Pablo Molina always wears a sombrero when out in public. As a self-described guajiro (a Cuban from the countryside), it’s a part of him. Molina’s looming figure towers over most at Orlando Latin Market, but his eyes are gentle. His smile is a warm welcome.
“Guajiro es…” the 66-year-old began, his voice trailing off. “Nací en el campo, en una granja en el campo.”
The term guajiro, Molina said, means you grew up in the countryside. In his case, it means a childhood spent at a farm.
“All my life, I’ve used a sombrero… since I was a boy,” Molina said as he stood outside the market.
(LISTEN: Molina speaks about what it means to be a guajiro in the below audio clip)
On this day, he wore a worn hat, parts of it faintly smudged from dirt and sweat. Salt and pepper hair poke out from underneath it.
“This is the tradition of the guajiro,” he said. “The tradition of the guajiro is a Texan sombrero and boots and, in my heart, livestock. That was mine, and horses, too.”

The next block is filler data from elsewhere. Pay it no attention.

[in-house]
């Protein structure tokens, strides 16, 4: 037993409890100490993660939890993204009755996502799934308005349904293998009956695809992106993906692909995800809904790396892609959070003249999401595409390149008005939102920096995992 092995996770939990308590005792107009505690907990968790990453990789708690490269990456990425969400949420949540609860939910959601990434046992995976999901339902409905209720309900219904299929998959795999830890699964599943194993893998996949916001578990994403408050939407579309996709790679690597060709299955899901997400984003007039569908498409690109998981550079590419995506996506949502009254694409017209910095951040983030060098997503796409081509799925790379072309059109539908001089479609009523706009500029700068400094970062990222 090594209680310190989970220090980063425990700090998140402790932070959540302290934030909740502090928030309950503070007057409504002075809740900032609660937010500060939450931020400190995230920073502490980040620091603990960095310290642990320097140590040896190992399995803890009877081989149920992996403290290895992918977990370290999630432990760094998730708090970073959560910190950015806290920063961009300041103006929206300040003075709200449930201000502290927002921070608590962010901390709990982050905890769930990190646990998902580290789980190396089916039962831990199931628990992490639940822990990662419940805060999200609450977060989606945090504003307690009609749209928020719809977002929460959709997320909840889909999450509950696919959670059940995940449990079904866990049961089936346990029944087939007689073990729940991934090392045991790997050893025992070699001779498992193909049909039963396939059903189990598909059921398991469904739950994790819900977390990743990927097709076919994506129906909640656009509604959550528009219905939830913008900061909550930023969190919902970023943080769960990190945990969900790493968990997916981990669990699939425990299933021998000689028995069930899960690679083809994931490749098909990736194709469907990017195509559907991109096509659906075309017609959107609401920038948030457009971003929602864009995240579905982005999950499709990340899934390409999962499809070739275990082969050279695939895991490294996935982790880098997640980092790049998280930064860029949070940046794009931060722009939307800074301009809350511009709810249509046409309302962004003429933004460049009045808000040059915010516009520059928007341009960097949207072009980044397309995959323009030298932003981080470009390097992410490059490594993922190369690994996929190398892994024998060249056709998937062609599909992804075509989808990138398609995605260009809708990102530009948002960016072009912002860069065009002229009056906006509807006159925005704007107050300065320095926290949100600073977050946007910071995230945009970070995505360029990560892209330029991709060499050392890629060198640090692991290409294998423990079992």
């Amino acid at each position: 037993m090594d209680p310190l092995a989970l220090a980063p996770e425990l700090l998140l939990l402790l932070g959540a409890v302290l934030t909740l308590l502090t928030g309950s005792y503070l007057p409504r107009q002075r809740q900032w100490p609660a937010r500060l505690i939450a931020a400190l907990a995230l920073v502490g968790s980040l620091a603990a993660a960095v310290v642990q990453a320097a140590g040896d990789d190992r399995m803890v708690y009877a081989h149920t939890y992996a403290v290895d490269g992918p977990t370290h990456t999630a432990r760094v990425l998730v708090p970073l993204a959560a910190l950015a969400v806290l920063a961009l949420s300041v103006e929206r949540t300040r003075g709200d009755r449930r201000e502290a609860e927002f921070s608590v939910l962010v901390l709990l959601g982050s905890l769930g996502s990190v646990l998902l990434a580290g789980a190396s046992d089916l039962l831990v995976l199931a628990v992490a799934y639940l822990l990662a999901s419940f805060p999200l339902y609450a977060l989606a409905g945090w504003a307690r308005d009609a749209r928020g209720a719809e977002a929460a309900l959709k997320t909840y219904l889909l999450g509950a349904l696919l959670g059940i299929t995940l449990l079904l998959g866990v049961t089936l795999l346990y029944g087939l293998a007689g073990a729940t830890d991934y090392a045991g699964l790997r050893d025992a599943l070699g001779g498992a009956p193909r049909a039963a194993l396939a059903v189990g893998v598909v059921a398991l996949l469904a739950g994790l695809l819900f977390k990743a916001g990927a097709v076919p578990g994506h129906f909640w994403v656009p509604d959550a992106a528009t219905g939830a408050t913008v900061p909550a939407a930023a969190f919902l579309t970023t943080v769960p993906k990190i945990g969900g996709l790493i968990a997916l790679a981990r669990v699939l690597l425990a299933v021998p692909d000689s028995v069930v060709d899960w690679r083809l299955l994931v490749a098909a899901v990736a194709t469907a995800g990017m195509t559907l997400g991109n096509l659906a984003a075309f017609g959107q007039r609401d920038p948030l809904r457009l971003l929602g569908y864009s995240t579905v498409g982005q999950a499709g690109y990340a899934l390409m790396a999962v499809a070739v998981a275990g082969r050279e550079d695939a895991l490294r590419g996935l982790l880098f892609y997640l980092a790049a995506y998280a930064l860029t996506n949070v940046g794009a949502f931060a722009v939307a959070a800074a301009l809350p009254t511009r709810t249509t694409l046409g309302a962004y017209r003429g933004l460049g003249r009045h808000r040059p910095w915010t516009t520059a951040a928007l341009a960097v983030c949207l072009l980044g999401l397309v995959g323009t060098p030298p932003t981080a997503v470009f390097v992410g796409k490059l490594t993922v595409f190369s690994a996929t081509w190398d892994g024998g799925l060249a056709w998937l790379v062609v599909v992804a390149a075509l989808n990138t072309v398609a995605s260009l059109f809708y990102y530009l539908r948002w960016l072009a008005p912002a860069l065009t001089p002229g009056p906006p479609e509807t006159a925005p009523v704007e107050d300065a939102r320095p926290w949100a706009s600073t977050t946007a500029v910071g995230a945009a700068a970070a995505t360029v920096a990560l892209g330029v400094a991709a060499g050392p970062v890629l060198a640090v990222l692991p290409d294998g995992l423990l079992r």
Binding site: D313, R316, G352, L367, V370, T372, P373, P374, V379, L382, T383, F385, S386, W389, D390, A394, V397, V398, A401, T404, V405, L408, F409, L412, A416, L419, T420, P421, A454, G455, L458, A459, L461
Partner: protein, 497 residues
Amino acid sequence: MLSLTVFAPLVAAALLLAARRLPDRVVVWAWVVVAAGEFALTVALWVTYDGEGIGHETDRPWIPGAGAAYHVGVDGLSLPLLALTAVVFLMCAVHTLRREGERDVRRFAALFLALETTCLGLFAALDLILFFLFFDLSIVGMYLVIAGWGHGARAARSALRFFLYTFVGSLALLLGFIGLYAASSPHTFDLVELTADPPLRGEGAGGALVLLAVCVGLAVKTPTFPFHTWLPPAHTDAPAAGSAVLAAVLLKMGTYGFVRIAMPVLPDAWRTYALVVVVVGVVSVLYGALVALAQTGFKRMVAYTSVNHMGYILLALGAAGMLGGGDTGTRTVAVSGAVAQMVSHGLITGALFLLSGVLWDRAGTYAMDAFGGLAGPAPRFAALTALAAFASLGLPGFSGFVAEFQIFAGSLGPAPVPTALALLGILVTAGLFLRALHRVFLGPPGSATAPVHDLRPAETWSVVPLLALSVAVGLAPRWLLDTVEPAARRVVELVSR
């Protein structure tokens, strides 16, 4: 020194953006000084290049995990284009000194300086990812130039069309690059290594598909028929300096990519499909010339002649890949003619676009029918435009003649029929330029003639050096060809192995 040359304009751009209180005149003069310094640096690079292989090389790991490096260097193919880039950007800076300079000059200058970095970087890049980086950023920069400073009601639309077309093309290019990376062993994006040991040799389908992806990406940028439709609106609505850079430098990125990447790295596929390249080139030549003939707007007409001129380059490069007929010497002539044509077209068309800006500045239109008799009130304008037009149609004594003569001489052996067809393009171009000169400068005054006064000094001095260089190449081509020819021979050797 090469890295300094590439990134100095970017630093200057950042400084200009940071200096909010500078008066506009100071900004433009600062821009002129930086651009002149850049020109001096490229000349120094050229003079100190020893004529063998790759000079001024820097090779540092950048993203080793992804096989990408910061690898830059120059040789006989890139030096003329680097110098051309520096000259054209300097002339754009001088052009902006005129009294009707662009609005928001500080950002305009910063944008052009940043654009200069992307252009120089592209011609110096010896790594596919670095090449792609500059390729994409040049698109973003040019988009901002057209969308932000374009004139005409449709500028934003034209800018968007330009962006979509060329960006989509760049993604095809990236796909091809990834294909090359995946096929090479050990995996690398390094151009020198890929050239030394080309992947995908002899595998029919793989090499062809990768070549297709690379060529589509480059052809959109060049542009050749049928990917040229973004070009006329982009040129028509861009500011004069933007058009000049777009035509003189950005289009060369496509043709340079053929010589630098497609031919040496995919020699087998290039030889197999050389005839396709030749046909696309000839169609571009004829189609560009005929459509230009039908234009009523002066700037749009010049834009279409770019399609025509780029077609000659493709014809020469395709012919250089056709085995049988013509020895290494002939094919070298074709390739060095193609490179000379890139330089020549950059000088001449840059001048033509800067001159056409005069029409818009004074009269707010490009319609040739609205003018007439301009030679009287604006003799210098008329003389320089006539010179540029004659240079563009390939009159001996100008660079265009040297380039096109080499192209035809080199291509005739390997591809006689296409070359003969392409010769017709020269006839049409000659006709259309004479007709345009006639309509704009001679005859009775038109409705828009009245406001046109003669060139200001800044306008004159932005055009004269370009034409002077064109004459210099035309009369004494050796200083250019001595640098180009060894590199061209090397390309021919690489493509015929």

Molina has several sombreros — one for work, one for going out on Sundays, and more. He said he always wears a sombrero.
“It’s a habit now — a habit like putting on a shirt when I’m going out even if I’m already wearing an undershirt… like your car keys. You can’t get into the car without your keys.”
When does this guajiro remove his sombrero? At home to get some air, he said.
“Pero siempre, siempre tengo (But always, I always have it),” he said. “I don’t step out until I put it on.”
Though he’s been living in the United States since 1994, Molina still considers himself a guajiro.
“I carry that in my blood,” he said.